There are some great stock image websites out there, with hundreds of thousands of terrible stock photos that you should not inflict upon your colleagues or clients.
I won’t tell you how to do art direction for your intranet or website, as much as I would like to. Just remember that representation matters (#diversity, #inclusion) and your colleagues are likely numb to, or sick of, unrealistically perfect shots of smiling people in suits. People like to see themselves, and that means using photos taken across the organisations by you and your colleagues.
You can use Google and Flickr to find free-to-use images, but only if you know how to set the settings to ‘creative commons’. Otherwise you’re likely to find images that you do not have permission to use on your intranet. Do not break copyright. Do not steal images from the internet. Do not forget to to record where you got your images from (their providence).
Image editing websites
If you can’t access image editing software on your laptop or mobile device, try an online editor. Crop and resize your images. Make sure the file-size is much less than 900KB!
artify.co TOAP (text on a pic) editor and gallery
cleanup.pictures/ removes items and people with a touch. Pretty amazing.
Great free-to-use stock image sites
unsplash.com — the reigning champion. While the top results will be great, remember the top results will have been used a lot already. Dig deep to find unique hidden gems.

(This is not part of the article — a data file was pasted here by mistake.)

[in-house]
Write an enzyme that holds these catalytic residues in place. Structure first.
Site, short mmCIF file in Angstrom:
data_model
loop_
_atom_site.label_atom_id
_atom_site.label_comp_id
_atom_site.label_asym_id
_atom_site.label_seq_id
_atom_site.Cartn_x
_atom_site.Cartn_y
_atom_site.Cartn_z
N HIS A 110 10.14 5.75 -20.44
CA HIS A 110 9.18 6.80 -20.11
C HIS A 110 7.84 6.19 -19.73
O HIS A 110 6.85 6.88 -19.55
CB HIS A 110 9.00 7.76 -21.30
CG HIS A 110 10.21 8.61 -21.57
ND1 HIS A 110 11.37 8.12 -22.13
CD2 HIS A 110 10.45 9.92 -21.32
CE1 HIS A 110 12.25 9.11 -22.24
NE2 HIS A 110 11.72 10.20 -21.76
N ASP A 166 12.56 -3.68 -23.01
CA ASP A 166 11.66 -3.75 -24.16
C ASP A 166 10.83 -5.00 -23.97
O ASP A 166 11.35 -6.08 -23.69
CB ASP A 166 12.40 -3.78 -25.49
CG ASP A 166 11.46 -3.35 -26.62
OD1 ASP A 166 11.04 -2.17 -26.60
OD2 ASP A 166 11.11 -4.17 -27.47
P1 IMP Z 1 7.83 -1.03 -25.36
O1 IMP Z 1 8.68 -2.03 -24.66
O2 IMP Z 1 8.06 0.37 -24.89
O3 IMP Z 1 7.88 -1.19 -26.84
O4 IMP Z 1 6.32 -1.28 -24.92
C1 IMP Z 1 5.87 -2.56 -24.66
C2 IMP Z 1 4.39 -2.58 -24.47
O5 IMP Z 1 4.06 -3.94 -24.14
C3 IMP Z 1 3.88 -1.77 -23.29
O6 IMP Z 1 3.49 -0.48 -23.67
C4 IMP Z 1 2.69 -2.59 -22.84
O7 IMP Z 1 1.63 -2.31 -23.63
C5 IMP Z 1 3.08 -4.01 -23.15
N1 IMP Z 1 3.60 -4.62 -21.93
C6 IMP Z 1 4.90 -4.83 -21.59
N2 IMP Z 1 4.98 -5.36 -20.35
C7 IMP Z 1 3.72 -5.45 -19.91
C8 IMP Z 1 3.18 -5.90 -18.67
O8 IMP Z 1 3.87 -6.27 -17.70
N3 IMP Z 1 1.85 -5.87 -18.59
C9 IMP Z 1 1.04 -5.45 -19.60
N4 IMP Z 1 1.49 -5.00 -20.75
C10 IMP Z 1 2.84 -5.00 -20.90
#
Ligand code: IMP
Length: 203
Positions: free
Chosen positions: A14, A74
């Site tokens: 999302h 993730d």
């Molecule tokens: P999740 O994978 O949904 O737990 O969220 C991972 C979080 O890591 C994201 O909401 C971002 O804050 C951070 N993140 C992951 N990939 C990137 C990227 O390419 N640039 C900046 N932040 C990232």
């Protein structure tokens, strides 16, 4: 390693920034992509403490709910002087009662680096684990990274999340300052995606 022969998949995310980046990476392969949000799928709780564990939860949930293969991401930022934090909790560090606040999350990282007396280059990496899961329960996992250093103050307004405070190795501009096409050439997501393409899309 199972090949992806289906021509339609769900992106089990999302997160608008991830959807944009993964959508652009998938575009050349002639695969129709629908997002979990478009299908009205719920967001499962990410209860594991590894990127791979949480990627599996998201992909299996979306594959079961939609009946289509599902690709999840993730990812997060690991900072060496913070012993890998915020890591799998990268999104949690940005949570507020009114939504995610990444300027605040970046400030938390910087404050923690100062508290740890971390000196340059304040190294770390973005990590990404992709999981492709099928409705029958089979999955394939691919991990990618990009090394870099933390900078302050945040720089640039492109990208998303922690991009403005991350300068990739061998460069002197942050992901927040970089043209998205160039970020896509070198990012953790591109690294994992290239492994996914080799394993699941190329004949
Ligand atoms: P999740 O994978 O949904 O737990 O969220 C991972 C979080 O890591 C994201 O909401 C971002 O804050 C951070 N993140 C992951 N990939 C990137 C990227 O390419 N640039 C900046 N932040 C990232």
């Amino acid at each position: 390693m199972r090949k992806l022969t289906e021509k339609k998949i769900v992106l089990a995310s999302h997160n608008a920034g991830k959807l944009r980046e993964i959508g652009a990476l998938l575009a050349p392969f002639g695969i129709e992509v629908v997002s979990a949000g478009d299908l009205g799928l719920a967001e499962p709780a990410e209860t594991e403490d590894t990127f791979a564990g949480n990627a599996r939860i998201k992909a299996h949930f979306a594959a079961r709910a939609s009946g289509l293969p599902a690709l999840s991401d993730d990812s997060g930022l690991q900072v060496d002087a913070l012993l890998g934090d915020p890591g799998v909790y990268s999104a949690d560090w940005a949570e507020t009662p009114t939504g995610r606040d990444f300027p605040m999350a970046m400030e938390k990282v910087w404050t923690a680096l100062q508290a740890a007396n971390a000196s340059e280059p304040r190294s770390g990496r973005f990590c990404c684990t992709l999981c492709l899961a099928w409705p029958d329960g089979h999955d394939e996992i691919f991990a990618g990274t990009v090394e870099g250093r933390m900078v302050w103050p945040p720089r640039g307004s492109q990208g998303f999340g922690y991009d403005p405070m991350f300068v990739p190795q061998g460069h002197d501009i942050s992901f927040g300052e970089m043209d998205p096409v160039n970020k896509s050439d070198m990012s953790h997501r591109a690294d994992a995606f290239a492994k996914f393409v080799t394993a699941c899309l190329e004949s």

wunderstock.com – new entry, makes use of Flickr images that allow free use. The licence choice is good
feathericons.com — smart, open-source icons.
burst.shopify.com — a gem, but be aware they host the Breitbart far-right webshop.
genderphotos.vice.com — goes beyond gender presentation and into diversity and inclusion.
flickr.com/photos/wocintechchat/ — women of colour in tech! Use attribution.
pexels.com — great!
ukblacktech.com/stockphotos/ — small set.
nappy.co — larger photo repository of “black and brown people”.
pixabay.com — good! With paid-for images at top of page.
Advanced flickr.com — mixed bag. Be aware of the licence type.
picnoi.com — free to use photos from a co-op of photographers.
photopin.com — worth exploring if you’re willing to use attribution.
affecttheverb.com/collection/ — disability-led LGBT photos.
disabilityin.org — a dozen disability inclusive photos.
stockvault.net — I’ve not used yet, see for yourself.
freepngimg.com — graphics on transparent backgrounds!
cleanpng.com — another for graphics on transparent backgrounds.
wallpaperhub.app — beware of wallpaper sites, they rarely care about legal and moral copyright. This one is dominated by Microsoft… make up your own mind.
Generated portraits for user research stuff
If creating personas or needing ‘example faces’ to represent staff, don’t use models or random people, use AI generated portraits.
generated.photos — amazing service. Costs a little money.
thispersondoesnotexist.com — simple, free.
ThisMPDoesNotExist — simple, free; for when you want that ‘in suit’ portrait.
Free and paid mixed sites
sitebuilderreport.com/stock-up — a multiple-site search.
thenounproject.com — amazing icons and stupidly cheap if you choose the paid licence.
shutterstock.com — good, but free options are unclear.
dreamstime.com/free-photos — some free. Check the costs of the paid ones.
vecteezy.com — super complete graphics, some free.
pikwizard.com — new to me; impressed by the quality of office type photos.
Great pay-once royalty free stock image sites
tonl.co — great. Take a look at what ‘commercial’ means when deciding how much to pay. I expect your intranet falls under the commercial licence.
istockphoto.com — great graphics and photos, good value prices.
storyblocks.com — good graphics and photos, good value prices.
123rf.com — good graphics and photos, good value prices.
flaticon.com — good icons. Check payment settings.
Reverse look up
When someone sends you a photo and you suspect it’s been downloaded without permission or payment, use the image file to find the original.